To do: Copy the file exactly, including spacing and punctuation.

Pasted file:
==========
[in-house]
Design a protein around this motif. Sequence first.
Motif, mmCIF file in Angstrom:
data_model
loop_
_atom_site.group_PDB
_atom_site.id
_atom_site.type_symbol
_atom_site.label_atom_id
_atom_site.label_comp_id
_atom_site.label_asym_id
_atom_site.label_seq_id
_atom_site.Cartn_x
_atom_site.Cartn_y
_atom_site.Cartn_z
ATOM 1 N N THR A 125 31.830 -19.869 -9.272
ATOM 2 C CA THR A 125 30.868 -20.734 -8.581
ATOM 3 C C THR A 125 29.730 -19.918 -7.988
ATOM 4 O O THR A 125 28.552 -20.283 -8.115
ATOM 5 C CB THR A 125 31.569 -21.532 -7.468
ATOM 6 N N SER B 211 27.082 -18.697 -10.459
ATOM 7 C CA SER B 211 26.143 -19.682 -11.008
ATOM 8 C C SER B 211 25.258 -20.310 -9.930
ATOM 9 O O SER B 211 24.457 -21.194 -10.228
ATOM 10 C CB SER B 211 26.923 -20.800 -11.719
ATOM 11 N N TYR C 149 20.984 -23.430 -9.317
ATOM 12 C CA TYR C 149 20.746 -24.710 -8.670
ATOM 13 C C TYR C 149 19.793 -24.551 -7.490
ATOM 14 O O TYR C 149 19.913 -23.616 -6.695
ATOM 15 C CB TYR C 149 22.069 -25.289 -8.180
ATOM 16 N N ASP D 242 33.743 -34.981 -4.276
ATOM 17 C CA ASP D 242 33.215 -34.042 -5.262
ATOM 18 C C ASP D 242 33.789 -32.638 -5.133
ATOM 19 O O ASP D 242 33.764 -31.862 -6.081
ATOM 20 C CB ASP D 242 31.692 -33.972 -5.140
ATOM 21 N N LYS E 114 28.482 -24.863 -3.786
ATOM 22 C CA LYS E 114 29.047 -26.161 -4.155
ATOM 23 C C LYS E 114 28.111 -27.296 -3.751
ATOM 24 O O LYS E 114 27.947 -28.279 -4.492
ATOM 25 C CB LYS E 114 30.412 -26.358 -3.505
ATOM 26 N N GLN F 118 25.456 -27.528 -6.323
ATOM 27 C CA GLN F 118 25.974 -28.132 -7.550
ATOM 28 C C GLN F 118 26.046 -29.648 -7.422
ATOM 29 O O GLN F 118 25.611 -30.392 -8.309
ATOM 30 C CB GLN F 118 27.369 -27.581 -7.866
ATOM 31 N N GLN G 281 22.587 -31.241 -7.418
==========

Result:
[in-house]
Design a protein around this motif. Sequence first.
Motif, mmCIF file in Angstrom:
data_model
loop_
_atom_site.group_PDB
_atom_site.id
_atom_site.type_symbol
_atom_site.label_atom_id
_atom_site.label_comp_id
_atom_site.label_asym_id
_atom_site.label_seq_id
_atom_site.Cartn_x
_atom_site.Cartn_y
_atom_site.Cartn_z
ATOM 1 N N THR A 125 31.830 -19.869 -9.272
ATOM 2 C CA THR A 125 30.868 -20.734 -8.581
ATOM 3 C C THR A 125 29.730 -19.918 -7.988
ATOM 4 O O THR A 125 28.552 -20.283 -8.115
ATOM 5 C CB THR A 125 31.569 -21.532 -7.468
ATOM 6 N N SER B 211 27.082 -18.697 -10.459
ATOM 7 C CA SER B 211 26.143 -19.682 -11.008
ATOM 8 C C SER B 211 25.258 -20.310 -9.930
ATOM 9 O O SER B 211 24.457 -21.194 -10.228
ATOM 10 C CB SER B 211 26.923 -20.800 -11.719
ATOM 11 N N TYR C 149 20.984 -23.430 -9.317
ATOM 12 C CA TYR C 149 20.746 -24.710 -8.670
ATOM 13 C C TYR C 149 19.793 -24.551 -7.490
ATOM 14 O O TYR C 149 19.913 -23.616 -6.695
ATOM 15 C CB TYR C 149 22.069 -25.289 -8.180
ATOM 16 N N ASP D 242 33.743 -34.981 -4.276
ATOM 17 C CA ASP D 242 33.215 -34.042 -5.262
ATOM 18 C C ASP D 242 33.789 -32.638 -5.133
ATOM 19 O O ASP D 242 33.764 -31.862 -6.081
ATOM 20 C CB ASP D 242 31.692 -33.972 -5.140
ATOM 21 N N LYS E 114 28.482 -24.863 -3.786
ATOM 22 C CA LYS E 114 29.047 -26.161 -4.155
ATOM 23 C C LYS E 114 28.111 -27.296 -3.751
ATOM 24 O O LYS E 114 27.947 -28.279 -4.492
ATOM 25 C CB LYS E 114 30.412 -26.358 -3.505
ATOM 26 N N GLN F 118 25.456 -27.528 -6.323
ATOM 27 C CA GLN F 118 25.974 -28.132 -7.550
ATOM 28 C C GLN F 118 26.046 -29.648 -7.422
ATOM 29 O O GLN F 118 25.611 -30.392 -8.309
ATOM 30 C CB GLN F 118 27.369 -27.581 -7.866
ATOM 31 N N GLN G 281 22.587 -31.241 -7.418